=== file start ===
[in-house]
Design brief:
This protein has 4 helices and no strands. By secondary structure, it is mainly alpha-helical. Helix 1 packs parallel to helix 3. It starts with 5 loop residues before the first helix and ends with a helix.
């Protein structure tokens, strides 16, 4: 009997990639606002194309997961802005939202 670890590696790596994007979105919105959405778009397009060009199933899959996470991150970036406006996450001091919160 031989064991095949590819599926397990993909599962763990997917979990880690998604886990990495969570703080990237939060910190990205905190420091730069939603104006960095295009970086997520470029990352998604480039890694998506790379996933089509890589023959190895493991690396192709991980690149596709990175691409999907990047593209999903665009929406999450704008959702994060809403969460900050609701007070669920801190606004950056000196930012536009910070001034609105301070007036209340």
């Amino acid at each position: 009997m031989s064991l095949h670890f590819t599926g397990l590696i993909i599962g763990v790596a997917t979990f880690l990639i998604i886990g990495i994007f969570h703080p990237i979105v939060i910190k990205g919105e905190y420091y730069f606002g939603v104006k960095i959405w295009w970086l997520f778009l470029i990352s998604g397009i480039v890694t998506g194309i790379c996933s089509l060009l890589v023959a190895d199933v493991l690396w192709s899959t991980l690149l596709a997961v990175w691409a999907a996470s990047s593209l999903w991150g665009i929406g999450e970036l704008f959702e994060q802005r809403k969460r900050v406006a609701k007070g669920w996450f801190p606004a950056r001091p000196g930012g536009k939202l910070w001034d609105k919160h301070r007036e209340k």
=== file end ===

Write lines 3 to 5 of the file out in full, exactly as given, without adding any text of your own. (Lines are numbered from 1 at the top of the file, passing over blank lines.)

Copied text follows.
This protein has 4 helices and no strands. By secondary structure, it is mainly alpha-helical. Helix 1 packs parallel to helix 3. It starts with 5 loop residues before the first helix and ends with a helix.
């Protein structure tokens, strides 16, 4: 009997990639606002194309997961802005939202 670890590696790596994007979105919105959405778009397009060009199933899959996470991150970036406006996450001091919160 031989064991095949590819599926397990993909599962763990997917979990880690998604886990990495969570703080990237939060910190990205905190420091730069939603104006960095295009970086997520470029990352998604480039890694998506790379996933089509890589023959190895493991690396192709991980690149596709990175691409999907990047593209999903665009929406999450704008959702994060809403969460900050609701007070669920801190606004950056000196930012536009910070001034609105301070007036209340």
């Amino acid at each position: 009997m031989s064991l095949h670890f590819t599926g397990l590696i993909i599962g763990v790596a997917t979990f880690l990639i998604i886990g990495i994007f969570h703080p990237i979105v939060i910190k990205g919105e905190y420091y730069f606002g939603v104006k960095i959405w295009w970086l997520f778009l470029i990352s998604g397009i480039v890694t998506g194309i790379c996933s089509l060009l890589v023959a190895d199933v493991l690396w192709s899959t991980l690149l596709a997961v990175w691409a999907a996470s990047s593209l999903w991150g665009i929406g999450e970036l704008f959702e994060q802005r809403k969460r900050v406006a609701k007070g669920w996450f801190p606004a950056r001091p000196g930012g536009k939202l910070w001034d609105k919160h301070r007036e209340k």